Two Navy Officers Plead Guilty in 'Fat Leonard' Scandal in Norfolk

Capt. John Steinberger, right, former commander of Destroyer Squadron (DESRON) One, and Capt. Michael L. Elliot cut a cake following their change of command ceremony at Naval Base San Diego, Oct. 12, 2012. (U.S. Navy photo/Christine Walker-Singh)
Capt. John Steinberger, right, former commander of Destroyer Squadron (DESRON) One, and Capt. Michael L. Elliot cut a cake following their change of command ceremony at Naval Base San Diego, Oct. 12, 2012. (U.S. Navy photo/Christine Walker-Singh)

NORFOLK -- Two Navy officers admitted Tuesday in separate military courtrooms that they accepted gifts, including the services of prostitutes, and became the latest in a slew of naval officials whose careers have been derailed in the service's long-running "Fat Leonard" corruption scandal.

Cmdr. Jason Starmer pleaded guilty to willful dereliction of duty, patronizing a prostitute and adultery. He was sentenced to 60 days restriction at Joint Base Anacostia-Bolling in Washington, fined $3,000 and will receive a punitive letter of reprimand. Military judge Navy Capt. Robert Monahan also sentenced Starmer to forfeit a total $3,000 in pay, but he will not face that as part of a pre-trial agreement. Starmer will be administratively separated from the service as part of that agreement.

Capt. John Steinberger pleaded guilty to willful dereliction of duty and conduct unbecoming an officer and a gentleman. Navy Capt. Charles Purnell sentenced him to receive a punitive letter of reprimand and a $10,000 fine. Steinberger also will be administratively separated as part of a pre-trial agreement.

Starmer and Steinberger's characterizations of service and retirement grades will be determined later by the secretary of the Navy.

Fat Leonard is the nickname for Leonard Francis, the owner and chief executive of Glenn Defense Marine Asia. He pleaded guilty in 2015 to presiding over a massive conspiracy involving "scores" of Navy officials, and millions of dollars in fraud, bribes and gifts in return for lucrative contracts to provide husbanding services to ships in the 7th Fleet, according to the Justice Department.

Starmer and Steinberger are the two latest officers to plead guilty in military court. During a non-judicial punishment hearing, or admiral's mast, on Feb. 27, Lt. Peter Vapor admitted to violating a lawful order, conduct unbecoming an officer and making a false official statement, according to U.S. Fleet Forces Command spokesman Lt. Cmdr. Matthew Allen. Vapor received a punitive letter of reprimand and a $2,000 forfeiture of one month's pay in exchange for the Navy dismissing charges against him.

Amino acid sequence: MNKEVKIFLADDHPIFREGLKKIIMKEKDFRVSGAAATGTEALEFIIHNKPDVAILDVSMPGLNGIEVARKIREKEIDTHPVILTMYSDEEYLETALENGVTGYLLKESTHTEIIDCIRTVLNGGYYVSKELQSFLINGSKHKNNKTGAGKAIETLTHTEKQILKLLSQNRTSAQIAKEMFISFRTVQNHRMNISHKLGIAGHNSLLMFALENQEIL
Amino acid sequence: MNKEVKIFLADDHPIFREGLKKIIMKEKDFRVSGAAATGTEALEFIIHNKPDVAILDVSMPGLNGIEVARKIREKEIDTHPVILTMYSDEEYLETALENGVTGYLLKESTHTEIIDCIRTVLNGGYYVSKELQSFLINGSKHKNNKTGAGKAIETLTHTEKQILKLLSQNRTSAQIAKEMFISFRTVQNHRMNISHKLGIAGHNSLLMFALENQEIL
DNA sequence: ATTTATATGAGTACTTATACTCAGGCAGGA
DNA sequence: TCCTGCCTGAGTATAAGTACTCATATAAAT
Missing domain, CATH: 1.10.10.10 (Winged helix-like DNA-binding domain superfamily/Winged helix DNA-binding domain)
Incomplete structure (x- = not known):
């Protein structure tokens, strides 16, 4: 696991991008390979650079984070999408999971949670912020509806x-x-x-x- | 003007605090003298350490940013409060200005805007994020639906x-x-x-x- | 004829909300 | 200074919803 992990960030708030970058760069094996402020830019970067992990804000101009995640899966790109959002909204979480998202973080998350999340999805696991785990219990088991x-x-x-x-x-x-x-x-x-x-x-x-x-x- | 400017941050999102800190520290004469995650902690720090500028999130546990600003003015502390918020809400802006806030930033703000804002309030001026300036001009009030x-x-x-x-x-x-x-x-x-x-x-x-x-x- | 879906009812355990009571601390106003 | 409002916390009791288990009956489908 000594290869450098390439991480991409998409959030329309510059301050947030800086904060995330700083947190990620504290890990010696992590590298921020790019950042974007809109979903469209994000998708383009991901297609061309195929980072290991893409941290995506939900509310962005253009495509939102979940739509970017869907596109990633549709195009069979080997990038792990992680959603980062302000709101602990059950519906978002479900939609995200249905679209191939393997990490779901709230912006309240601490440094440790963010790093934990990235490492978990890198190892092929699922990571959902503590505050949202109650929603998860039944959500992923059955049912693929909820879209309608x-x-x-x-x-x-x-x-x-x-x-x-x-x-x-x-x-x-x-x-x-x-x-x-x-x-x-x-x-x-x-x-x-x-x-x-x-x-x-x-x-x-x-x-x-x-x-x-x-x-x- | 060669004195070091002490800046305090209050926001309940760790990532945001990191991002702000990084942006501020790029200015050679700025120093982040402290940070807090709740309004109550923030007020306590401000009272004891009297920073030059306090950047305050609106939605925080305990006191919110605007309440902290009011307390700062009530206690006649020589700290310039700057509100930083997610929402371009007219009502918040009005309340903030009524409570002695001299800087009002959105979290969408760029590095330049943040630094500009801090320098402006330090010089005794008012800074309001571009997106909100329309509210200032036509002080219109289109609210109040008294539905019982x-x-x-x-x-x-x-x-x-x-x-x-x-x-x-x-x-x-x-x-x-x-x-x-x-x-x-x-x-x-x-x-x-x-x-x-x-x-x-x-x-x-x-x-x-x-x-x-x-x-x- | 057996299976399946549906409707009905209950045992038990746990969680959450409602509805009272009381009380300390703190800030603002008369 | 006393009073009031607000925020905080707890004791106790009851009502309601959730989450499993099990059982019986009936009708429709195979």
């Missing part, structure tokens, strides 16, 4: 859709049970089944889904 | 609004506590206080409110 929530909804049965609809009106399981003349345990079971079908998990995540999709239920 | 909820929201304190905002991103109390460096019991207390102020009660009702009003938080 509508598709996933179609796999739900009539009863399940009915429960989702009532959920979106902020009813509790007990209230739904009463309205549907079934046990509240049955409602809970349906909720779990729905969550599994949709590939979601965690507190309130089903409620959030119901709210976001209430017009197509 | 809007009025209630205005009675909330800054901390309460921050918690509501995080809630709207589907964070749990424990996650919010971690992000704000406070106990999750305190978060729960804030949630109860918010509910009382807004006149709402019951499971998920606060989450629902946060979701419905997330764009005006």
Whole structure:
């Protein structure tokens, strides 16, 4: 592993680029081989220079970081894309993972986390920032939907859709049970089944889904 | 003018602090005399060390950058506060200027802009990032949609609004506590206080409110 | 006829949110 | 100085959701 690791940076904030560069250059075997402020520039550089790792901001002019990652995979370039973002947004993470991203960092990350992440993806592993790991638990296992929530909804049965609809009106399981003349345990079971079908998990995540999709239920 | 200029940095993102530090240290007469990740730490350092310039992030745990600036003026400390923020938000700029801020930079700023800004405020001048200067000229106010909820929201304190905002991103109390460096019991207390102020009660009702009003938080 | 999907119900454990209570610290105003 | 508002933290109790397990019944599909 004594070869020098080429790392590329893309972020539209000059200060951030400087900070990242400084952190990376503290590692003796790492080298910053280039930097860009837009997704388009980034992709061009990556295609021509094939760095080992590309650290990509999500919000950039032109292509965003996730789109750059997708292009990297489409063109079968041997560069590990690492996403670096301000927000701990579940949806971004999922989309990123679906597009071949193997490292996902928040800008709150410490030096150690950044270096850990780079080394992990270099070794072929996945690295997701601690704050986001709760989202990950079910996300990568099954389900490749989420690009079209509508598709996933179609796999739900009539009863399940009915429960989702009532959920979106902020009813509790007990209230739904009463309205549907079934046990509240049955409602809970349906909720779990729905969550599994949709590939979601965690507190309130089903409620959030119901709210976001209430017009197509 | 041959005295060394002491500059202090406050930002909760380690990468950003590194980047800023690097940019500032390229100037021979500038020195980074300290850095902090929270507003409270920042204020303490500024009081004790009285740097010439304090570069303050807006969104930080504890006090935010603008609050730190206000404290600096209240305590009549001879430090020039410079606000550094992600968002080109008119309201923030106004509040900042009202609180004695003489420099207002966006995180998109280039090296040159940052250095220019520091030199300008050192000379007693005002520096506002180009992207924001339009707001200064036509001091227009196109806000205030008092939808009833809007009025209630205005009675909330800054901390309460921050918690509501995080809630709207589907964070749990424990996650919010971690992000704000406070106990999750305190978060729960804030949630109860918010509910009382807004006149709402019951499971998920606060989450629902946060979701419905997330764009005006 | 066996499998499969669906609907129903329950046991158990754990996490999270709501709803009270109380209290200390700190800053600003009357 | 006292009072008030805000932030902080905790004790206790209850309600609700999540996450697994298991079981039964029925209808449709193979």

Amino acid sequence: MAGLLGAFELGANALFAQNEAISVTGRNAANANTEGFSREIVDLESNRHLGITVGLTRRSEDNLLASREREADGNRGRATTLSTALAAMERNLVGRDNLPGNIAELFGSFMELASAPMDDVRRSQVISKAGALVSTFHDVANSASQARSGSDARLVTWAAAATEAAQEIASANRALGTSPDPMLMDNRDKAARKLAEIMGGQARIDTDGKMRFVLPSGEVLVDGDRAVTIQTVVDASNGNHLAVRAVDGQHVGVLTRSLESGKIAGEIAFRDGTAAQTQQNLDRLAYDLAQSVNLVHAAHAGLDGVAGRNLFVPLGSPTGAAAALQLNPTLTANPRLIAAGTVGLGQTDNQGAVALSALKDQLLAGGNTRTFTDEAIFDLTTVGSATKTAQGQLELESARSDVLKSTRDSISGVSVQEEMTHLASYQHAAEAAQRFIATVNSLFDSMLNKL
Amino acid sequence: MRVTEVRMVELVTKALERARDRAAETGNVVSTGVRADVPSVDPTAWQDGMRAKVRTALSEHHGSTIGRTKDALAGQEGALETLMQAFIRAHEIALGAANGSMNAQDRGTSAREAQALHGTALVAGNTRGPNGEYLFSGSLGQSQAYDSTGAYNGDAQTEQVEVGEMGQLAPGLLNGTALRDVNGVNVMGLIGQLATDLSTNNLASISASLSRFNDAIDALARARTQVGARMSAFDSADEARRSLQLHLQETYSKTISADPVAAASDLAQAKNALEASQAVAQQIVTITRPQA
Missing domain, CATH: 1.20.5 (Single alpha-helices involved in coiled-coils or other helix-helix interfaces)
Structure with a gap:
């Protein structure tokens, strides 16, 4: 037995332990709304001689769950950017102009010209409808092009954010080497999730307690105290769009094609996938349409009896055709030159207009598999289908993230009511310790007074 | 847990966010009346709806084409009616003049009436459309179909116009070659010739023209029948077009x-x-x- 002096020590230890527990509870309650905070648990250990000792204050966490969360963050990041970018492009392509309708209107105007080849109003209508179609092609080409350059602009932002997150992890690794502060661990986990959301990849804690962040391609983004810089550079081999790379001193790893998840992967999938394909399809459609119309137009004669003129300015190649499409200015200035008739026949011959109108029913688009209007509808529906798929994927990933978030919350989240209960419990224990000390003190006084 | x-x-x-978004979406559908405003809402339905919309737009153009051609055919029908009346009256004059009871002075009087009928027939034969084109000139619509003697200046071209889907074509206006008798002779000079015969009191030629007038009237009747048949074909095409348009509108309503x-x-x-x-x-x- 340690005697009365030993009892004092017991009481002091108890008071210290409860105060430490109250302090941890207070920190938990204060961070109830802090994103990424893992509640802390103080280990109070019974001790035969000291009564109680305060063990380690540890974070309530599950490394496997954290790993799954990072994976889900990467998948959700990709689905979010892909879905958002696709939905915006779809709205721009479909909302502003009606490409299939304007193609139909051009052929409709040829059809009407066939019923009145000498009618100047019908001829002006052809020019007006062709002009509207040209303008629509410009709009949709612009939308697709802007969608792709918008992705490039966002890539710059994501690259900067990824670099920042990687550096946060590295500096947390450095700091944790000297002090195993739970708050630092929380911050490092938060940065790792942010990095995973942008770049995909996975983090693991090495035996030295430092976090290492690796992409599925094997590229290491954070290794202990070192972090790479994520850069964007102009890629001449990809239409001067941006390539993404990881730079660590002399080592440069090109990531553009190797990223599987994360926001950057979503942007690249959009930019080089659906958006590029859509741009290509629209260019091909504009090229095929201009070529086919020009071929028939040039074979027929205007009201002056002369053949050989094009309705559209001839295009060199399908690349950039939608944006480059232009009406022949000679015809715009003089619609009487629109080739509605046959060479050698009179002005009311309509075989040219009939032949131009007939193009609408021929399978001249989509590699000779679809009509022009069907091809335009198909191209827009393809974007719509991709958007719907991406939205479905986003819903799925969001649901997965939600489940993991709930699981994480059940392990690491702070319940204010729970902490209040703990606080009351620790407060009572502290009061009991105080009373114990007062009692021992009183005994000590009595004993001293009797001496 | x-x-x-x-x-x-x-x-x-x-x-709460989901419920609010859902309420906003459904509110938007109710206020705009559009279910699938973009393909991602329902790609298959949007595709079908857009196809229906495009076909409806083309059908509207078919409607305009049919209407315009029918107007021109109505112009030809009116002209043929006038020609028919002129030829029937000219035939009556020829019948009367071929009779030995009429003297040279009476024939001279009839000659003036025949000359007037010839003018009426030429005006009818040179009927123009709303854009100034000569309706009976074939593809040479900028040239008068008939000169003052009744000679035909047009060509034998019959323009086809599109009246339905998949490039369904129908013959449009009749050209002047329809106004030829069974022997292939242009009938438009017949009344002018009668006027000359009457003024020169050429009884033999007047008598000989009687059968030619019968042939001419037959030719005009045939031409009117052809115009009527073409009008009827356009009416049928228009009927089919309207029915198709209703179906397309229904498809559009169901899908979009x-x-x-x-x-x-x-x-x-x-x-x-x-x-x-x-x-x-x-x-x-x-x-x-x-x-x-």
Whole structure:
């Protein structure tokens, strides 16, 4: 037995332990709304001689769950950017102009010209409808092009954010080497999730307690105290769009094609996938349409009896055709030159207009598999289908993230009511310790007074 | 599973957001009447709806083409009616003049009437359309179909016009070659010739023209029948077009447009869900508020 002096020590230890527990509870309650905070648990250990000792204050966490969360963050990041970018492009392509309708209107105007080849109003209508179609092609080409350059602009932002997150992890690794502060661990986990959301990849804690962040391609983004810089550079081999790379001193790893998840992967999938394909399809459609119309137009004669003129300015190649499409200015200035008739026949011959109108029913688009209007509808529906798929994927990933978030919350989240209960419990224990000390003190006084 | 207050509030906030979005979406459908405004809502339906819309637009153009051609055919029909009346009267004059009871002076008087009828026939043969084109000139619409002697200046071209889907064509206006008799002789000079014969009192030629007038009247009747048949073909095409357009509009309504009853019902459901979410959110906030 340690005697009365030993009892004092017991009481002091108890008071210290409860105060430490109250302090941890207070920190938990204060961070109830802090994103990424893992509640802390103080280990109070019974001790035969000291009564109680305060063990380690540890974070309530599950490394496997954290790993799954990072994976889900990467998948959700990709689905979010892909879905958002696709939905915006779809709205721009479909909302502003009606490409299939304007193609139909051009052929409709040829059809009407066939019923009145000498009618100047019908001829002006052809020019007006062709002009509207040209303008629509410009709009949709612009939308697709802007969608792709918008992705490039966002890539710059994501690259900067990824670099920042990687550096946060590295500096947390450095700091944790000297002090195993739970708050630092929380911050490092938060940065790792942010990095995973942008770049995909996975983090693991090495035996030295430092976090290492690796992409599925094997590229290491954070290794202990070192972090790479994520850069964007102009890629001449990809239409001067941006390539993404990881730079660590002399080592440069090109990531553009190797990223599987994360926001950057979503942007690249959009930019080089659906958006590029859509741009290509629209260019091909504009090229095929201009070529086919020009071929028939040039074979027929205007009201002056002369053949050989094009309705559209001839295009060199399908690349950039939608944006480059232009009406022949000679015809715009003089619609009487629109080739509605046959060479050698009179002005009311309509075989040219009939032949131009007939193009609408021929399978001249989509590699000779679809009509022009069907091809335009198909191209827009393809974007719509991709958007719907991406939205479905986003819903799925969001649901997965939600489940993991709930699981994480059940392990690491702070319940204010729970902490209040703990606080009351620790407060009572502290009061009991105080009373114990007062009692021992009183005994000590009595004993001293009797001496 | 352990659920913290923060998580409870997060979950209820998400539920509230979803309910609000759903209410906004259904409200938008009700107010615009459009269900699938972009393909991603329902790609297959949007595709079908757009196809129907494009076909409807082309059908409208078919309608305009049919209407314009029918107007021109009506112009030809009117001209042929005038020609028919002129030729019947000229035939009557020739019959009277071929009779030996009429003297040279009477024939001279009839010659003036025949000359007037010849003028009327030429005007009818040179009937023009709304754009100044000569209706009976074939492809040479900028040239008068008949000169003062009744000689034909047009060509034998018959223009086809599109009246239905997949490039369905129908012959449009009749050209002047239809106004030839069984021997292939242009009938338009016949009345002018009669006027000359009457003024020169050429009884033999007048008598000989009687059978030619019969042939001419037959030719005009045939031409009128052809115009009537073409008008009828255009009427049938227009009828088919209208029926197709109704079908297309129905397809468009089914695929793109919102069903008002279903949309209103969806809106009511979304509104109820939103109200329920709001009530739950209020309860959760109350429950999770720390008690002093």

Steinberger is a surface warfare officer who commanded a destroyer squadron attached to the aircraft carrier USS Carl Vinson from Nov. 18, 2010, through Oct. 12, 2012. According to a charge sheet, he willfully was in dereliction of his duties by accepting gifts in excess of permissible limits from Francis from January 2011 through April 2012 at or near Kuala Lumpur, Malaysia; Manila, Philippines, Hong Kong and Perth, Australia. Also on "divers occasions in 2011" while in Malaysia and in the Philippines, he wrongfully engaged in "a sexual act with a person who received compensation for engaging in such act, which conduct was unbecoming an officer and a gentleman," according to a charge sheet.

Steinberger has most recently been temporarily assigned to Navy Region Southwest, where he led a Sexual Assault Prevention and Response program, his attorney, Lt. Cmdr. Bryan Davis said.

Steinberger was initially accused under the Uniform Code of Military Justice with conspiring with Francis in exchange for providing information to competitors and attempting to influence senior officials to benefit the contractor. On Tuesday, Steinberger, who according to a Navy biography was commissioned in 1987, admitted to accepting "inappropriate gifts, but I never responded."

In a courtroom just feet away, Starmer said he met Francis in September 2012 when he joined senior officers at a bar in Singapore, though he was already aware of the contractor's reputation. Starmer was a lieutenant commander and foreign area officer at the time assigned to the Joint U.S. Military Advisory Group in Bangkok, Thailand, where he acted as a liaison and arranged military operations.

In April 2013, Starmer met with Francis during another visit to Singapore. He described an alcohol-fueled night that began with a sushi dinner he initiated with the contractor to discuss problems at a port before the two moved on to a karaoke bar. As soon as they arrived "lots of girls started showing up," he told the judge.

"I didn't think that they were, I guess, just hanging out for their health," Starmer said.

Starmer said he took one of the women back to his hotel room and assumed she was being paid by Francis. Text messages shown to the court by government attorney Navy Lt. Cmdr Adam Partridge on Tuesday showed Starmer describing the woman as an "exceptional talent" to Francis and arranging for another to stop by his hotel room. In a text message following that visit, Starmer complained that the woman had "mosquito bite scratches all over her body. Plus she was on her phone half the night."

Starmer began working for the Joint Chiefs of Staff at the Pentagon in 2015 but was later reassigned when he lost his security clearance because of the investigation, he told Monahan.

Starmer estimated that he accepted a combined $400 in food and drink from the contractor, and told Monahan he knew he should not have accepted the gifts.

"I should have paid for myself, sir," he said.

This article is written by Courtney Mabeus from The Virginian-Pilot and was legally licensed via the Tribune Content Agency through the NewsCred publisher network. Please direct all licensing questions to

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